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It would depend on my feelings about the friend's family and the particular religion. If I thought there was any attempt to proselytize or if it were a denomination that I find troubling, then no. Otherwise it would be OK, but we'd talk about it afterward.
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Old 06-20-2009, 08:04 PM
 
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My gut reaction is that if my child is interested, I'd let them. No one wants to be the mom refusing their child a diversity of experiences, right? However, thinking back to the kids I knew when I was younger who totally earnestly -- just from not really knowing any better -- were approaching me with a persistent "but I don't want you to go to hell" take on discussing their religion ... I honestly don't know. It would have to be case by case.
See, this is the thing. One, I don't think the situation the OP is describing - or that my kids have had occur - is child-driven. It is situational; they happen to be at the friend's house on Sunday morning due to a Saturday night sleepover.

So I'm not saying no to something my child is interested in learning more about. That would be different. In that case, I'd probably go to that church's website to do some reading, and attend a service myself, and try to talk to the pastor or youth group leader BEFORE letting her go.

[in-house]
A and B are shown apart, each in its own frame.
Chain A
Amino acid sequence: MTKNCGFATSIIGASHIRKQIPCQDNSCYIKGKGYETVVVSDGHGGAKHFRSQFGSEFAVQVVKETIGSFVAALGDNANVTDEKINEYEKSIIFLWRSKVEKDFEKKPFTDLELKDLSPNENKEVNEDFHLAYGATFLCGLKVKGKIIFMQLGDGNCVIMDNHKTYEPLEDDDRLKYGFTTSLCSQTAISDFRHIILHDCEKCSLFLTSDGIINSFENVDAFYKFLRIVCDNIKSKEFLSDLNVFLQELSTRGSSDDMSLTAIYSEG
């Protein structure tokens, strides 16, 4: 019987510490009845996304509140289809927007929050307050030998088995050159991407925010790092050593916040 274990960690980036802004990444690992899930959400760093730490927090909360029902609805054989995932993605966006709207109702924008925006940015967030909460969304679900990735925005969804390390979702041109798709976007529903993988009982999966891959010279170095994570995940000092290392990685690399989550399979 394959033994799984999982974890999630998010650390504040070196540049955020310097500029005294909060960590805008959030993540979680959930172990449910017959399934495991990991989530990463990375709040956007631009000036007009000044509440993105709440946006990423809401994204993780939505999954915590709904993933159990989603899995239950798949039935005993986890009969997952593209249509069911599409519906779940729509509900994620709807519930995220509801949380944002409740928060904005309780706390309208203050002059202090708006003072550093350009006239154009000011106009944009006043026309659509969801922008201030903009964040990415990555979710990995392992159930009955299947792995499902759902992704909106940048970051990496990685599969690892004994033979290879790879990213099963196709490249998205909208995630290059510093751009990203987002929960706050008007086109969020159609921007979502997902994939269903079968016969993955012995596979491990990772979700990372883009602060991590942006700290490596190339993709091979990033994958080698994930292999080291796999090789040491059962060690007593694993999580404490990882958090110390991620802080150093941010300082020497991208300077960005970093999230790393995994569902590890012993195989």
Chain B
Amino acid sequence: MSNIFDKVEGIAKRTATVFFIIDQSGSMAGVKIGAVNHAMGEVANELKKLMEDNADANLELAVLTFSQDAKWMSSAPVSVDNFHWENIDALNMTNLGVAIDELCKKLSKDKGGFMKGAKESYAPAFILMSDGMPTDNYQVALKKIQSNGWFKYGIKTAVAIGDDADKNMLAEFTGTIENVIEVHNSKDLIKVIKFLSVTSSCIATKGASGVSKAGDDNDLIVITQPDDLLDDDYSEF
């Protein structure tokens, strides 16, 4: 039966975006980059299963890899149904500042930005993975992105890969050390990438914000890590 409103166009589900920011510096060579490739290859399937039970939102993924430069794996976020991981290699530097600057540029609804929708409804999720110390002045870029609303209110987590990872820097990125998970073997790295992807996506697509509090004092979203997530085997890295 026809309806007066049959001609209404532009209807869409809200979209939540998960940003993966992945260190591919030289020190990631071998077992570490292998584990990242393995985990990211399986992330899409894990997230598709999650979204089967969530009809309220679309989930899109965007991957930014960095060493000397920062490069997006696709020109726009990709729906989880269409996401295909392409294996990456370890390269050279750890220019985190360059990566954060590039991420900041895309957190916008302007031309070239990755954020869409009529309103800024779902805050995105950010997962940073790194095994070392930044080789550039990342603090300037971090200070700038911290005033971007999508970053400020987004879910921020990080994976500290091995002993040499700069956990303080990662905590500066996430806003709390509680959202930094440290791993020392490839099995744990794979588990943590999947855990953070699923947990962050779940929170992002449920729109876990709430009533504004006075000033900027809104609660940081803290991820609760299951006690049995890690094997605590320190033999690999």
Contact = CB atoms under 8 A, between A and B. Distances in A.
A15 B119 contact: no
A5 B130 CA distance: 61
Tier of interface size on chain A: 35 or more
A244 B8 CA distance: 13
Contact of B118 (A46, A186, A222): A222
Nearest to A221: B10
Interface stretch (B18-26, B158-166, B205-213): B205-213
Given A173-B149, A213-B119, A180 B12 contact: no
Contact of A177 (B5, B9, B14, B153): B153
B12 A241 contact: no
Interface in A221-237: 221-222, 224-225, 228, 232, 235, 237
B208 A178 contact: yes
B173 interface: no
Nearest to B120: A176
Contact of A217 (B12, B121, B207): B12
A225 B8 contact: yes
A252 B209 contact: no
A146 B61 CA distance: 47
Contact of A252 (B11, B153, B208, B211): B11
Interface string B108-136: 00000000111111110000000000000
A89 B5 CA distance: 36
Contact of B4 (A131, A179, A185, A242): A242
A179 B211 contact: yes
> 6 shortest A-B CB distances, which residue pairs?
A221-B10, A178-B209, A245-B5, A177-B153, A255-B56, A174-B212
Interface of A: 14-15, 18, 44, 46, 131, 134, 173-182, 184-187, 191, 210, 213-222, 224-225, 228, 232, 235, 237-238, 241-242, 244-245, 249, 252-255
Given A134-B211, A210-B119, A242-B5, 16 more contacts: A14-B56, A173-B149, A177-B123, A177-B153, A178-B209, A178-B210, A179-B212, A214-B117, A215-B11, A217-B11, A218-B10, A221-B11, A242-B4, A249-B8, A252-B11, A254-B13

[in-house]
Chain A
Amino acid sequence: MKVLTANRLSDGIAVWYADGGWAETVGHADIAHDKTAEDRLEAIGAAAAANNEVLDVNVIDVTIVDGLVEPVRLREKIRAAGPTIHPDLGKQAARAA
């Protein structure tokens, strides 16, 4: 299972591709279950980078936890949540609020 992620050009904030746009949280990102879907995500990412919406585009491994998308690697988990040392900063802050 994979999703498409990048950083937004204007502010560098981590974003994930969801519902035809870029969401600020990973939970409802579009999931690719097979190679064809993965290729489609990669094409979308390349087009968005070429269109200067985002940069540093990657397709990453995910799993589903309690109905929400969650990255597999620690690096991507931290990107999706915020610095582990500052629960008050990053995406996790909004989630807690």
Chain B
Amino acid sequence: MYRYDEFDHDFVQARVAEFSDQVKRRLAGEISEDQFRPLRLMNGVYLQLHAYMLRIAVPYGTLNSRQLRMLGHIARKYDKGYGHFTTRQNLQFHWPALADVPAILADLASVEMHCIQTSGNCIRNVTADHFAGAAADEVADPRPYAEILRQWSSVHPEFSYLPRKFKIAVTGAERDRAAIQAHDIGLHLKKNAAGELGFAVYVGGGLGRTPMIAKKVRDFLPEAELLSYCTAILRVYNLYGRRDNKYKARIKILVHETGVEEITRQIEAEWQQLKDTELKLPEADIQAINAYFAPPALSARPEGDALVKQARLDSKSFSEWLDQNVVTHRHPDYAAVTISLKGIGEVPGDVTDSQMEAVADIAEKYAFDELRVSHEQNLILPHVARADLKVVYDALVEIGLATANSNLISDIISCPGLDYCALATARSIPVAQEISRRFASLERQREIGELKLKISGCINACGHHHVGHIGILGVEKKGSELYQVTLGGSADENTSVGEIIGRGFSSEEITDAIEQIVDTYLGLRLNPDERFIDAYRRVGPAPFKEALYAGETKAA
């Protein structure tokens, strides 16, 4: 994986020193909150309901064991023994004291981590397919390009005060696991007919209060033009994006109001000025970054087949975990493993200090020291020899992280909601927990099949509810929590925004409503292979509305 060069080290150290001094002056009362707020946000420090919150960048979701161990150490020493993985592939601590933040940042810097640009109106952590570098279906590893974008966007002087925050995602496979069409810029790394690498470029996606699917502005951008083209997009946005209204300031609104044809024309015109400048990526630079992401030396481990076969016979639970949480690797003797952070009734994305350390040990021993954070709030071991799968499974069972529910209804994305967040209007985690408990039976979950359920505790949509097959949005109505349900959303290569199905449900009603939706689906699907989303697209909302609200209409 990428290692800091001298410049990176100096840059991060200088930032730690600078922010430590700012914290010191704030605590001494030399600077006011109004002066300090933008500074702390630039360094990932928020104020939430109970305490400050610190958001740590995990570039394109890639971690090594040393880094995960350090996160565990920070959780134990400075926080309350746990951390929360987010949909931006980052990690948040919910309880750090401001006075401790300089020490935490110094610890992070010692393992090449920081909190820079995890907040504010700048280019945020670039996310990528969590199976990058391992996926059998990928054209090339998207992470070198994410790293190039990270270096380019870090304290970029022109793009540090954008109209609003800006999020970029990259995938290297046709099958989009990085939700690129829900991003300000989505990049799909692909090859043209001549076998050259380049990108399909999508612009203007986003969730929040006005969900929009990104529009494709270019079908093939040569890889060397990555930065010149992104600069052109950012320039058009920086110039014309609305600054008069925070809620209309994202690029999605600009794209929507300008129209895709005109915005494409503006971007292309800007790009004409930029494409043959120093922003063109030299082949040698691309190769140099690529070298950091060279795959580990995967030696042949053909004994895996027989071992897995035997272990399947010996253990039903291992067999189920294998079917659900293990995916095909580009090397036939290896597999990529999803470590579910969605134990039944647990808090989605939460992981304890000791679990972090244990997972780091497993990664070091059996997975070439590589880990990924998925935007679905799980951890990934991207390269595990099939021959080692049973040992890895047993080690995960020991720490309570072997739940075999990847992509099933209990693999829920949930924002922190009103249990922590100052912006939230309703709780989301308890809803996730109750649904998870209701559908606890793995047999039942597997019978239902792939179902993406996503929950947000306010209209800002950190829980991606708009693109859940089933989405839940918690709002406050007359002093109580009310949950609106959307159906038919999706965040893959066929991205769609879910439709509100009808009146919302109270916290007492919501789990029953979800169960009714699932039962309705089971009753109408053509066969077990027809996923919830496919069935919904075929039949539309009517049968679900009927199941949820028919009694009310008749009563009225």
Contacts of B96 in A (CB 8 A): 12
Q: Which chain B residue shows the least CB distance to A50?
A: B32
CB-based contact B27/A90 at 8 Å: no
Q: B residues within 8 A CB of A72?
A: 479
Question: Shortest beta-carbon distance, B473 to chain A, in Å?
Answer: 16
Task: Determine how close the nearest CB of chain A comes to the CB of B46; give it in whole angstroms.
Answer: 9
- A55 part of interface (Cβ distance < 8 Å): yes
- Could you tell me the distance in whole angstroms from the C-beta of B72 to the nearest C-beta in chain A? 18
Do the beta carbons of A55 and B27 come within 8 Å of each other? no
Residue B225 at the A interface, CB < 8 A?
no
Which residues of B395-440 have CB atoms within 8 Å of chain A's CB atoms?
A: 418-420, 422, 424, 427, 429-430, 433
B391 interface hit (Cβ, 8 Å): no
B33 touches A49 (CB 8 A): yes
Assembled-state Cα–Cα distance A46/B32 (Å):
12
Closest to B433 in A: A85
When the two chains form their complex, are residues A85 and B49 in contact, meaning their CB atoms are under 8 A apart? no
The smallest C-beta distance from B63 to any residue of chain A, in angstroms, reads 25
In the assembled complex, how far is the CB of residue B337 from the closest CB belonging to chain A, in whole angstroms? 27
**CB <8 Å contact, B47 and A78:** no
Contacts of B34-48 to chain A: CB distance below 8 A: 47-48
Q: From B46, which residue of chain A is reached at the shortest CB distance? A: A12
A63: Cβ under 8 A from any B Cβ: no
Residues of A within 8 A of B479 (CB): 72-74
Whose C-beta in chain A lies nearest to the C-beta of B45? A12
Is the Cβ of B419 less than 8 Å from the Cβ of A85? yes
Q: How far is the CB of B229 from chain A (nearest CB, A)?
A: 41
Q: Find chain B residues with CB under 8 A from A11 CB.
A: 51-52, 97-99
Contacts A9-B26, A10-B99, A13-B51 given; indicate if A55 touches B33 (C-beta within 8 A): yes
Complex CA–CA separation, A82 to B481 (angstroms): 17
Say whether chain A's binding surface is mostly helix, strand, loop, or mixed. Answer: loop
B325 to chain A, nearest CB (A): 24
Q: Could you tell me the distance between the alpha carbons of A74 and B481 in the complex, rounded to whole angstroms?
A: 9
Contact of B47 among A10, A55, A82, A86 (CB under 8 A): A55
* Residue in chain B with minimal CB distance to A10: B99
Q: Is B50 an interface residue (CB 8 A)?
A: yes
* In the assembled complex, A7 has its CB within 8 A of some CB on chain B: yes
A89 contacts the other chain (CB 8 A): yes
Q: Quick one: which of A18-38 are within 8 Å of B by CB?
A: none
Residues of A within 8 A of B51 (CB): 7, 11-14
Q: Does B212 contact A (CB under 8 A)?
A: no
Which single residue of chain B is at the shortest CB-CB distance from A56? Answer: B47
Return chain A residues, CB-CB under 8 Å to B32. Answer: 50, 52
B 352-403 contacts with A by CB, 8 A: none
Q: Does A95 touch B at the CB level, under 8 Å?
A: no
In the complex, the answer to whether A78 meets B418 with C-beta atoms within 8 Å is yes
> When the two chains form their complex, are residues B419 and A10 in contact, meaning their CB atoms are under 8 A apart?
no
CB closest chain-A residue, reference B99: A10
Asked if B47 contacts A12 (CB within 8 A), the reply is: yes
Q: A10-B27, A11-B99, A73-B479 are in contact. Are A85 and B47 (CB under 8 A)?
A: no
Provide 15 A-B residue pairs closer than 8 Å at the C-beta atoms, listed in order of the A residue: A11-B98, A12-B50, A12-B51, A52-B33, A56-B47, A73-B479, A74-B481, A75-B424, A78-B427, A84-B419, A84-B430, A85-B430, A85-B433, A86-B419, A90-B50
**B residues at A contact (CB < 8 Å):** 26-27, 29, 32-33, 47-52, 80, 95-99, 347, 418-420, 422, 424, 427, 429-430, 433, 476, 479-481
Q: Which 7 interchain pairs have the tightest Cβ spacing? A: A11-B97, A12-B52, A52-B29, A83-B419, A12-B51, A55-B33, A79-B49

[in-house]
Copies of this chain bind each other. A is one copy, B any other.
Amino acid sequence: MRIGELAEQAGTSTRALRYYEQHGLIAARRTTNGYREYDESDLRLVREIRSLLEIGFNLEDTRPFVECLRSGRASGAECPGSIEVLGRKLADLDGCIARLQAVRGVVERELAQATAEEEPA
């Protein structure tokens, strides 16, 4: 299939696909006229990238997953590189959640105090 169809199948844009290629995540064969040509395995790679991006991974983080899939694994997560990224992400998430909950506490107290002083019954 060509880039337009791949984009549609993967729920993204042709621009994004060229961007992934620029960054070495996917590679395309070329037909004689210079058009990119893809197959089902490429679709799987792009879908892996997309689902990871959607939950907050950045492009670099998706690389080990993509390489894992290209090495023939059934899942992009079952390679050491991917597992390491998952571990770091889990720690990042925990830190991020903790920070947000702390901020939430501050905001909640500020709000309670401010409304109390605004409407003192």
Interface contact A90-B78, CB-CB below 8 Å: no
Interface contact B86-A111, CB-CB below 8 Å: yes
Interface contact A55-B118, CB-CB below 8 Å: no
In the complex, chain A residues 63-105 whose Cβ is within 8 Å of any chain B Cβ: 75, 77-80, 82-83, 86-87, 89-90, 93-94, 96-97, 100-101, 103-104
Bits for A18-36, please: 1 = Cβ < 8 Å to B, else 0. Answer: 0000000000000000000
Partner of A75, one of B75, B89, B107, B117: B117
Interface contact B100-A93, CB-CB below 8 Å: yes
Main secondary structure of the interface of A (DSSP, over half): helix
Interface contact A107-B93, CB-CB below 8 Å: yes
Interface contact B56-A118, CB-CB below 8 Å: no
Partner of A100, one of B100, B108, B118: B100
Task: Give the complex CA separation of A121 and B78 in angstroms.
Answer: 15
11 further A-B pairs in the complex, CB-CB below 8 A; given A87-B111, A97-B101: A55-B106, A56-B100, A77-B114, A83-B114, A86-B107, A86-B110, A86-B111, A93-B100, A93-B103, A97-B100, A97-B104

And I am all about my kids having a diversity of experiences, but not ones I consider harmful. There are many things that are said in sermons that I consider against my moral beliefs, and I don't want my young, impressionable kids being exposed to that - especially without me there to know what is happening.
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Old 06-20-2009, 08:50 PM
 
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I grew up in a non religious houshold and not only attended several diferrent churches with friends' families and went to VBS with a friend but went to a Christian College. I am still pretty ecclectic when it comes to religion. My DD has attended at least three different services with friends. And she's still ecclectic with us
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Old 06-20-2009, 09:11 PM